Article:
Navigate Your Way to Success With a Website Usability Study

Look at your website as an ocean cruiser. Each obstacle a user encounters on your site is a wave in the ocean. A small wave or two is to be expected, but if there are too many waves, a pleasant day out on the boat turns into a bumpy, stomach-churning ride. At the first available moment, potential clients are going to get off your site, out of your boat, and find another service provider whose site offers a wave-free ride.

Navigating Your Website Should Be Easy and Intuitive

Men OverboardDuring a recent website usability study we performed on, our team found that the navigation bar is crucial to the usability of a website. If there are issues with the navigation bar, users quickly become confused, unwilling and unable to continue using the site. It doesn't matter how well-built the site is or how sturdy the construction of the content. If it's hard to use, people won't use it. Your ship will stay at the dock, while your competitor sails into the sunset with your potential patients, clients, or customers on board.

Below you will find the most important lessons we learned during the case study. We hope that this list will help you take a critical look at your navigation bar and make changes that will improve the usability of your business website.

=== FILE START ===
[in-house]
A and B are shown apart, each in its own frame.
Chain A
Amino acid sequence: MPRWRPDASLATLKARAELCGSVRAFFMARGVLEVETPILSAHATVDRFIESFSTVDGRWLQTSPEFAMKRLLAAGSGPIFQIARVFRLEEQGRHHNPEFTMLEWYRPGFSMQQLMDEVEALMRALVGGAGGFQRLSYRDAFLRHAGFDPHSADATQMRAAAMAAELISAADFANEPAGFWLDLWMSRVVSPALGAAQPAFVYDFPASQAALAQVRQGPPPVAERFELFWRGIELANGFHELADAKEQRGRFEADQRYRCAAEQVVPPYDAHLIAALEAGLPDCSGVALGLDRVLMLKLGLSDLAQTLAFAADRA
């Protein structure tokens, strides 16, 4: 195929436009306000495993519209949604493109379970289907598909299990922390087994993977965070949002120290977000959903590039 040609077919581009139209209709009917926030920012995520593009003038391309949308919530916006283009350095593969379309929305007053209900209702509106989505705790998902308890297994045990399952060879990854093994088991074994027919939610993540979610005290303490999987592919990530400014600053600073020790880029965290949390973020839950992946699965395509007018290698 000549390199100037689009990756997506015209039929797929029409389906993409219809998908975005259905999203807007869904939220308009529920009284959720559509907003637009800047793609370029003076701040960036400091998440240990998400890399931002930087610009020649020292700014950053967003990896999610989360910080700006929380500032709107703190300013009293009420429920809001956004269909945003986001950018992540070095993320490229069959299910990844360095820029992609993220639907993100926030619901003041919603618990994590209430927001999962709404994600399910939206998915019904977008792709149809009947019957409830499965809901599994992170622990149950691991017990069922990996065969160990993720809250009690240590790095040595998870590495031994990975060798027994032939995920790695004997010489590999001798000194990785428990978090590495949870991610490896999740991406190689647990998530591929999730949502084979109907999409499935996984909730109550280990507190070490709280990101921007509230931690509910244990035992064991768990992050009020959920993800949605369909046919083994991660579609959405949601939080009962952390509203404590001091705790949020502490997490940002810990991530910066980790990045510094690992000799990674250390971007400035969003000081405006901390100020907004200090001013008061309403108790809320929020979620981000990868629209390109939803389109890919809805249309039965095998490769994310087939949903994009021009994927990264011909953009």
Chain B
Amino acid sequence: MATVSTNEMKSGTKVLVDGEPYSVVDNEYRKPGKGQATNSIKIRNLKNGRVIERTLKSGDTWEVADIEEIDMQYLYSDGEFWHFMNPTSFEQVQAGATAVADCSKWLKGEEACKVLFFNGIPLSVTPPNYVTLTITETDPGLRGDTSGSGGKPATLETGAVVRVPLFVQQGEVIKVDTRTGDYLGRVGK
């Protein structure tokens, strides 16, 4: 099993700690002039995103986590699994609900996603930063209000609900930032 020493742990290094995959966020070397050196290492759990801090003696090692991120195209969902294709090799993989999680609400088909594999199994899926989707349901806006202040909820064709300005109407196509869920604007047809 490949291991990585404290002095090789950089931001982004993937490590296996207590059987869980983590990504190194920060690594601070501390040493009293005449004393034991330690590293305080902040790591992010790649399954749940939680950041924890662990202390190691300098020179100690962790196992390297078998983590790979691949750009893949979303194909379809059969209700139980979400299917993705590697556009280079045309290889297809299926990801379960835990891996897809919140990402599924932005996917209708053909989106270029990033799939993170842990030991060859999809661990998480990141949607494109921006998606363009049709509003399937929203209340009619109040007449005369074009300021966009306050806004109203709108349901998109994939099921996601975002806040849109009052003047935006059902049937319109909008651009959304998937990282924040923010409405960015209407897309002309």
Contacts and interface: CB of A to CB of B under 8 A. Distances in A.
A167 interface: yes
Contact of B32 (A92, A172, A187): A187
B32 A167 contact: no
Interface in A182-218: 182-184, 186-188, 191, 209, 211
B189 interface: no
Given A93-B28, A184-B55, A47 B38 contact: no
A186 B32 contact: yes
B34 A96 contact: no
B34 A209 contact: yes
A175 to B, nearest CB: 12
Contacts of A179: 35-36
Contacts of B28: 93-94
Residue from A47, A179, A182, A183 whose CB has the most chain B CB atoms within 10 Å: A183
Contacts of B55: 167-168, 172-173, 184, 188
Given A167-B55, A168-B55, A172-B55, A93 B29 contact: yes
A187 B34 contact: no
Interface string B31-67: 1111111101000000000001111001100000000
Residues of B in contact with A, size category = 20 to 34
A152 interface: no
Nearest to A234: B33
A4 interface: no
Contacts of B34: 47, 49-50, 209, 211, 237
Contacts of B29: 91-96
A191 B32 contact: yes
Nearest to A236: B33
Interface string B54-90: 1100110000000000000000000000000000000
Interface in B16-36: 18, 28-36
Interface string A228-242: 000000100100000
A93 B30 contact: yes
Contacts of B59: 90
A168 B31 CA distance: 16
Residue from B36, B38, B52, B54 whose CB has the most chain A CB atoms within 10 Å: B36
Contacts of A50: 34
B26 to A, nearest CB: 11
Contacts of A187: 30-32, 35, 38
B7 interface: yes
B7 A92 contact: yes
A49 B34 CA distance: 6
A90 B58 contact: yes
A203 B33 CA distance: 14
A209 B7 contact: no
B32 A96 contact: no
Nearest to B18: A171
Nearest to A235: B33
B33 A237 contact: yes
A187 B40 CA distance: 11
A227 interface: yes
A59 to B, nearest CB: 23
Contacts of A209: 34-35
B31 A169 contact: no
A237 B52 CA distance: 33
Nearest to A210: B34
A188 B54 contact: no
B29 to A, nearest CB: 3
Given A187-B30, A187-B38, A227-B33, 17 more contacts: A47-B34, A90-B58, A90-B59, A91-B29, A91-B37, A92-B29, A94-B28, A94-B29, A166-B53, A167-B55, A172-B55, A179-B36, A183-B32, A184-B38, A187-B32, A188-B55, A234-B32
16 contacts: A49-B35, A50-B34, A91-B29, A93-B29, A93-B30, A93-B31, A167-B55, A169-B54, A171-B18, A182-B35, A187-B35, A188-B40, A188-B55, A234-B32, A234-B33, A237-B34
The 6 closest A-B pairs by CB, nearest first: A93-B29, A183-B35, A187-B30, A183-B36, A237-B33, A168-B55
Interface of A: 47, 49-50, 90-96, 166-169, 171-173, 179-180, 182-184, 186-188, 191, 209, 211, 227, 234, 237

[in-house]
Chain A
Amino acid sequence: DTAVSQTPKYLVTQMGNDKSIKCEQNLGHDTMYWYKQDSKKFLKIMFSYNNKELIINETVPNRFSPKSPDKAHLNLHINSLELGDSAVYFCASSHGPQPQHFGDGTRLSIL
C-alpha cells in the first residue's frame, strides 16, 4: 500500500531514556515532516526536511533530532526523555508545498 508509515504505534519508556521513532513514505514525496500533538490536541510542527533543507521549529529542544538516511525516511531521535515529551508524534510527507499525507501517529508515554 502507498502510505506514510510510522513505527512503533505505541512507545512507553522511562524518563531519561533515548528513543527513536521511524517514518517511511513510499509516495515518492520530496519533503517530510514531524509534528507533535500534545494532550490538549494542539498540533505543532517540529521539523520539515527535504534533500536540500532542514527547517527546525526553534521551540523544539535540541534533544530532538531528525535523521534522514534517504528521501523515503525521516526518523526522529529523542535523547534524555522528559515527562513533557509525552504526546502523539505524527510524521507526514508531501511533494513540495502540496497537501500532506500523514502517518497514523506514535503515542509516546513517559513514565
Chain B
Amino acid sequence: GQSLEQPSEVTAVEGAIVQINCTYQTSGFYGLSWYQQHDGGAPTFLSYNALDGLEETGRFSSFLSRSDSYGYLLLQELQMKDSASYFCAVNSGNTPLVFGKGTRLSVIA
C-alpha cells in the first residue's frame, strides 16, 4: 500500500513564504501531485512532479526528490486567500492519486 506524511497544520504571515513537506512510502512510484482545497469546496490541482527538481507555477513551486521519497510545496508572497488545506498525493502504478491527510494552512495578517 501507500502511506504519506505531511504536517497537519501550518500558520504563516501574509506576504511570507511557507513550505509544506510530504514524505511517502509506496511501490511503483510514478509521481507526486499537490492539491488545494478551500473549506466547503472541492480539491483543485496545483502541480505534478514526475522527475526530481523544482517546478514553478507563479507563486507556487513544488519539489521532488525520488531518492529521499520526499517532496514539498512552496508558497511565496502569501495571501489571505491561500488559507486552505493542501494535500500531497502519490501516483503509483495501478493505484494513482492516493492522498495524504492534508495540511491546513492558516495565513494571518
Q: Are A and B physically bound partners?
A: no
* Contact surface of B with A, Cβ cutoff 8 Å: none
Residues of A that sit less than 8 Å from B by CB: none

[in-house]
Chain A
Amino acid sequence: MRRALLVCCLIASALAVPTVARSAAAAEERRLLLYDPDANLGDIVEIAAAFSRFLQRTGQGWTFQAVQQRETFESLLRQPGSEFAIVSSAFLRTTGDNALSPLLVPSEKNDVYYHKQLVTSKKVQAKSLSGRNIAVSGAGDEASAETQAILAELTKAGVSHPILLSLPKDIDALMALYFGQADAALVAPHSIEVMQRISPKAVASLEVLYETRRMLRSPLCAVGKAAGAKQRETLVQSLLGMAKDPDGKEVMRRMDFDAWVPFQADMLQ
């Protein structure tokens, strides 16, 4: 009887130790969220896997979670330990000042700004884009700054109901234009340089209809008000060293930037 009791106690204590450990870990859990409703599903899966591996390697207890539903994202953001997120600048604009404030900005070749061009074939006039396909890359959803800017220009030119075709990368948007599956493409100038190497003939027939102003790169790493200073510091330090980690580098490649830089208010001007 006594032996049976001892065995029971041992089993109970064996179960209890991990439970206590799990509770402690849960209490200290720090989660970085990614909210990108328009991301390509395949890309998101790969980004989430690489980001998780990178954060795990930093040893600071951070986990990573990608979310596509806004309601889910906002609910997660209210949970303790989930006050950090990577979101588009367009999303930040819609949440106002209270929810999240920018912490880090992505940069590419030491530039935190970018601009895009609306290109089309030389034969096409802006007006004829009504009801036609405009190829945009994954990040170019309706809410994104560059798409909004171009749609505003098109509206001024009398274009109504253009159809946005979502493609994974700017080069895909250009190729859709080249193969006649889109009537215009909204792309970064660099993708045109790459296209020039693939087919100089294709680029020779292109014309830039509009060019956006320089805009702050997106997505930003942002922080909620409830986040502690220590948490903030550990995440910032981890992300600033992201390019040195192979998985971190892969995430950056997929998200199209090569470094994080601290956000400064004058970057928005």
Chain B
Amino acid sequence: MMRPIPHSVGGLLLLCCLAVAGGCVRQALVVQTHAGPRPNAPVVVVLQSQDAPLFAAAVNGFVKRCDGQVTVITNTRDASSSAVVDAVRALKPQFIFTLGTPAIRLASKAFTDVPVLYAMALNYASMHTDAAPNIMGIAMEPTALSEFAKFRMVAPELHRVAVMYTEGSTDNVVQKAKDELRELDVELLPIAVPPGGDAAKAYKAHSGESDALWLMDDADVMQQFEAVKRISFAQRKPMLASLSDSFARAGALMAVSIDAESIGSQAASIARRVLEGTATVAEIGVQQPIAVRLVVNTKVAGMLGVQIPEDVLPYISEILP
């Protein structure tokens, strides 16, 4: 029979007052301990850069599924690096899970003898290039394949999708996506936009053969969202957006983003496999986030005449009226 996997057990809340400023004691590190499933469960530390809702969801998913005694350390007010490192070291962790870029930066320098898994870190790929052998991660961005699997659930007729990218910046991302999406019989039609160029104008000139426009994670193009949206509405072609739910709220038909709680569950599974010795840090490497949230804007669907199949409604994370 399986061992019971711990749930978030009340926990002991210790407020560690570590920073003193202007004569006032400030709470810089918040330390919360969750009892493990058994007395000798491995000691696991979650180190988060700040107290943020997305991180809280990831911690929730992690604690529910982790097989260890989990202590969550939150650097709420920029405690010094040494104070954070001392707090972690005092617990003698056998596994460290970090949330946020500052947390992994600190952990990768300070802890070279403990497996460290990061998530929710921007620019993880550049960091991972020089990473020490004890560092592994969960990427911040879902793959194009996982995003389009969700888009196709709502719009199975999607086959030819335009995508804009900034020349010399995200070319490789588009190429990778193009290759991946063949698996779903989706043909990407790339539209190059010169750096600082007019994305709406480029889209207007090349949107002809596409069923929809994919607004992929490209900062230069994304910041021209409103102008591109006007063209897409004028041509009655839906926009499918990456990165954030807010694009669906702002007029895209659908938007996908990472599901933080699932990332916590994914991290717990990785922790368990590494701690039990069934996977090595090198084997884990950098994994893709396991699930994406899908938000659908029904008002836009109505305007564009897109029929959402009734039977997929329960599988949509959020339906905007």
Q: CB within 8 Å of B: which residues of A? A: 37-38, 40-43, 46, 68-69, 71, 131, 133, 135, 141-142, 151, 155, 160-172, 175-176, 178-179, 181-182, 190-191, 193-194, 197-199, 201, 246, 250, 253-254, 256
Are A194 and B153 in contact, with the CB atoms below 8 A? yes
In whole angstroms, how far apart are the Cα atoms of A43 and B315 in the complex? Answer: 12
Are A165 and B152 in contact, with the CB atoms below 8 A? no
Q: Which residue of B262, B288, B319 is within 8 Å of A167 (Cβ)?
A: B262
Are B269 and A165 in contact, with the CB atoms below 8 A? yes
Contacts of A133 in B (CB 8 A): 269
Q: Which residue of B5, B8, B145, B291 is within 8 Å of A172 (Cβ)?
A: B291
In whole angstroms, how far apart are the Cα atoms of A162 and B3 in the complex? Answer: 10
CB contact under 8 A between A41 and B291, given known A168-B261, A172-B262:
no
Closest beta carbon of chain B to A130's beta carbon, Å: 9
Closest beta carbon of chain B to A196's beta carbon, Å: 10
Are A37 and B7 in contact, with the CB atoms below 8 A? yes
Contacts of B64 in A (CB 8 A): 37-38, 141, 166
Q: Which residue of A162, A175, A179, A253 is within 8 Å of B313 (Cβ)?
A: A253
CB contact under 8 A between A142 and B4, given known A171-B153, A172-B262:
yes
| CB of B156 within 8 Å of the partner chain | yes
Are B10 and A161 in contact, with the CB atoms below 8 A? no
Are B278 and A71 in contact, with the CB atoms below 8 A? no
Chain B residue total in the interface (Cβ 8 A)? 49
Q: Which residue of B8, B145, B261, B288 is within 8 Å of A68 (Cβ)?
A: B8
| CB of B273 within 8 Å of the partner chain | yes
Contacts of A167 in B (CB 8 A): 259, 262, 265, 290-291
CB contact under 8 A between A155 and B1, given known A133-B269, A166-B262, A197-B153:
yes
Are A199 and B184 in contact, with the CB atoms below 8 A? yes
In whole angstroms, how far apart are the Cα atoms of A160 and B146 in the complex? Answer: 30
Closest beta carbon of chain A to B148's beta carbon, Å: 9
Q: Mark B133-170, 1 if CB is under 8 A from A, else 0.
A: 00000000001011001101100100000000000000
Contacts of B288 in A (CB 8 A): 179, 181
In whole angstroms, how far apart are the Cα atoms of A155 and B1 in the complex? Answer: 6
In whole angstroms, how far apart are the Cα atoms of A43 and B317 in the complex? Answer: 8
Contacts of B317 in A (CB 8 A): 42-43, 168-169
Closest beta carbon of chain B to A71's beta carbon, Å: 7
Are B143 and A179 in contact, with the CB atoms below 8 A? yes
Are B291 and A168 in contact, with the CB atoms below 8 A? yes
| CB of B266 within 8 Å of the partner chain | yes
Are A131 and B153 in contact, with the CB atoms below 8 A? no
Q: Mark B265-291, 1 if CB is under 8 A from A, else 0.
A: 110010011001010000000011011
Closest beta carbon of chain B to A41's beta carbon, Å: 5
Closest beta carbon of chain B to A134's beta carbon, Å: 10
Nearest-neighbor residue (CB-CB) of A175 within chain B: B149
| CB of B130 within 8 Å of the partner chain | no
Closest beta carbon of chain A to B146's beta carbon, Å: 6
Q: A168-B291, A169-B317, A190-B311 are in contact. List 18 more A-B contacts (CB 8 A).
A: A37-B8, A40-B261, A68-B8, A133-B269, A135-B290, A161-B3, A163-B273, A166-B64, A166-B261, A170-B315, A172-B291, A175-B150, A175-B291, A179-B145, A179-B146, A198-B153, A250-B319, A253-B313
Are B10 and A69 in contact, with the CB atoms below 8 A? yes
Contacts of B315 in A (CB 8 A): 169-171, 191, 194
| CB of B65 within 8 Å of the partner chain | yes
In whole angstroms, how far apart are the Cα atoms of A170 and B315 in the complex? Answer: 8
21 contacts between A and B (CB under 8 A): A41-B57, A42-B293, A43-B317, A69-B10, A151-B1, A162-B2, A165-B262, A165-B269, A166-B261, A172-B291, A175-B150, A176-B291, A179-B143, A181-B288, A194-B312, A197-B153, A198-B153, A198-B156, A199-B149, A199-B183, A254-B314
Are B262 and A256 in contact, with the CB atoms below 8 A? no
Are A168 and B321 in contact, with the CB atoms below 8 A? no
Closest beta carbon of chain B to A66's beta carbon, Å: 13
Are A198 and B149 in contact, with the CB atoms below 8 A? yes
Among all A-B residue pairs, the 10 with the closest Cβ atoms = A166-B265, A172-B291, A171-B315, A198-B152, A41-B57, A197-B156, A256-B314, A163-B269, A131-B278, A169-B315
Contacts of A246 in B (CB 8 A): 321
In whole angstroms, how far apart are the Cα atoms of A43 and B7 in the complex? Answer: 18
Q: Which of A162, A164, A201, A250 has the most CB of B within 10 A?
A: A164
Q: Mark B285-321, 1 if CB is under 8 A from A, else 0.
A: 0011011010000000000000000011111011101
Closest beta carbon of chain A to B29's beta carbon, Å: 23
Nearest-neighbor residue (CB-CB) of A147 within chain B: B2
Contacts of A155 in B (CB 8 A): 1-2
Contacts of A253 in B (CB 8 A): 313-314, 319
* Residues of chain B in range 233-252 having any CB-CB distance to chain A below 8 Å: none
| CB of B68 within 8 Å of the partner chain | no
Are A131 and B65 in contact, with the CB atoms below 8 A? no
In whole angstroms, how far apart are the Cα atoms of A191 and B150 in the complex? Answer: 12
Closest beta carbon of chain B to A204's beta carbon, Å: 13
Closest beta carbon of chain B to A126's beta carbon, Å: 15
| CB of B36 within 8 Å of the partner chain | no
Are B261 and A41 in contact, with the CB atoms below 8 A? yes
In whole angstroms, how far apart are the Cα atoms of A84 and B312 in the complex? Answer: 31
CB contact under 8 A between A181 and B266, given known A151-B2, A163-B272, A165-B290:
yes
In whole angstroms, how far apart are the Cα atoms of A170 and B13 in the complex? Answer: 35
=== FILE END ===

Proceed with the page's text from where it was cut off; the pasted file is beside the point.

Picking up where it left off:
• Navigation/menu bar clarity. Users need to be able to instantly recognize the items in a navigation bar. For example, "Free Offers" is an easily recognizable item, where "Qtrly News" is not.
  • Location of navigation bar in relation to logo. “Banner blindness” is the phenomenon that occurs when people scan the top of the page and then quickly move down the page to the content. If your navigation bar is above your logo, people may not see it and be lost as to where to go next.
  • Overcrowded navigation. As a general rule, there should be no more than seven tabs on your navigation bar. If you have more than seven, the items in the bar will seem crowded and unimportant.
  • Indication of drop-down menus. If a tab in your navigation bar contains a drop-down menu—a list of your service areas, for example—be sure to indicate it with an arrow. Also, make sure this drop-down menu isn't too long. You don't want a list of service areas that takes up the entire page—it's overwhelming.

Are Your Potential Clients Jumping Ship?

Each time users encounter a problem when using your site, it rocks their boat a little and makes them unsure of your professional skills and the authority of your website. When the boat rocks too much, they will jump ship, click the “back” button, and choose another provider who offers smooth sailing.

Concerned that your website isn't as usable as it should be? Call 888-886-0939 or request your free professional web audit. We will rate the usability and SEO performance of your site and recommend changes to help your business.

Gretchen Upright
Director, Project Managment
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